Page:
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Commentary | 11 January 2023

The one-person monopoly of nuclear launches

Image of Tarja Cronberg

Tarja Cronberg |Former Member of the European Parliament, Distinguished Associate Fellow at SIPRI

Arms Control Deterrence Military Doctrine Nuclear Arms Control Nuclear Security Nuclear Weapons Risk Reduction WMDs Global Security ELN

The international discussion on nuclear weapons, during the war in Ukraine, has focused on one question: Will Putin use nuclear weapons? The thought that nuclear weapons might be used in the Ukraine war is no longer an abstract fear. A nuclear war may be closer than ever. In this new reality there is a risk seldom talked about, but which is built into our command and control systems: one person is able to decide the fate of the earth. The fundamental question for the nuclear order is not about whether or not Putin, or any other president or dictator, might rely on nuclear weapons as the last choice. The question to be posed is: Do we really want to maintain a nuclear order, where one person is formally able to decide the fate of us all?

Do we really want to maintain a nuclear order, where one person is formally able to decide the fate of us all? Tarja Cronberg

Traditionally there has been a nuclear “taboo”: nuclear weapons could be threatened but not used.  They were only for deterrence, to prevent a nuclear attack, not to be used to win a war. The famous Reagan-Gorbachev statement made clear that “a nuclear war cannot be won and must never be fought”. There was also empirical evidence. The weapons have not been used after Hiroshima, although there were over 70,000 nuclear weapons during the Cold War. It is easy to argue that nuclear deterrence has guaranteed peace and prosperity for more than 70 years. Nevertheless, there was always a small exception to this near-total trust in deterrence.

A worst-case scenario was based on a dictator in a country hostile to the US that secretly managed to access a nuclear capability. In Western scenario thinking, a man of this kind, facing the loss of his power base and potentially even his life, might explode a nuclear weapon or at least some nuclear device. States like Iraq or North Korea were convincing illustrations. Personalistic dictators in hostile states were – and are – a risk group, in a world, where nuclear technology has become more easily available and the necessary know-how may be bought through both open and secret channels. The fear of crazy dictators or “mad mullahs” has also dominated the policies and efforts to prevent the spread of nuclear weapons.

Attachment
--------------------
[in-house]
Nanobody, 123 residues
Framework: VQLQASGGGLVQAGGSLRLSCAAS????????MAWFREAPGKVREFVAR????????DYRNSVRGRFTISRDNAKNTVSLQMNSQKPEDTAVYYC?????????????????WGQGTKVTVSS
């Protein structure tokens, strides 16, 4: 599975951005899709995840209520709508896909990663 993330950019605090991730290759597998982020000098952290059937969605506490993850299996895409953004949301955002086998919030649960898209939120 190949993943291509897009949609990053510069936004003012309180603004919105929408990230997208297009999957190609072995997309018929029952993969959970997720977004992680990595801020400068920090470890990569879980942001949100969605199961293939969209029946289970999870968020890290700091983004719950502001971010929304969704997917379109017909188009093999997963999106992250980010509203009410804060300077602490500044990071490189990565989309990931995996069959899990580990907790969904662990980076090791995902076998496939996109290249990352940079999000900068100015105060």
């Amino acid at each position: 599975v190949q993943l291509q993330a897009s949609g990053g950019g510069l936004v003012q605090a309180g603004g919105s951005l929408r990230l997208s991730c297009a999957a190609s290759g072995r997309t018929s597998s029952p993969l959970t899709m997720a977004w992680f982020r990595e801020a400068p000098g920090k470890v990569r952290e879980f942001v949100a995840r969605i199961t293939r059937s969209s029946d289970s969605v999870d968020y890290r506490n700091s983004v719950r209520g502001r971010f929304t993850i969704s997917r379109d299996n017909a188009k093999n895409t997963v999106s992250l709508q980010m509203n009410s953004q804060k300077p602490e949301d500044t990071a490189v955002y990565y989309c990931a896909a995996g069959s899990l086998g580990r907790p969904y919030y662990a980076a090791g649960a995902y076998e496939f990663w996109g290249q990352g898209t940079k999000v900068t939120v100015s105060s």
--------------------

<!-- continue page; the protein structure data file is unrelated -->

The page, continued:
Today we are moving to a new phase of this threat scenario. The focus is still on a no-future leader fearing not only his loss of power but also his life. But he is no longer necessarily imagined to be a leader of a hostile country with a clandestine nuclear program. Instead, the focus is shifting to a superpower leader currently waging a war and with thousands of known nuclear weapons on hair-trigger alert. The Russian war on Ukraine has re-exposed the world´s vulnerability to one person´s power in a nuclear weapon state. Experts on both nuclear weapons and Russian nuclear policies have produced article after article speculating on whether President Putin will in the end use a nuclear weapon or not.

The Russian war on Ukraine has re-exposed the world´s vulnerability to one person´s power in a nuclear weapon state. Tarja Cronberg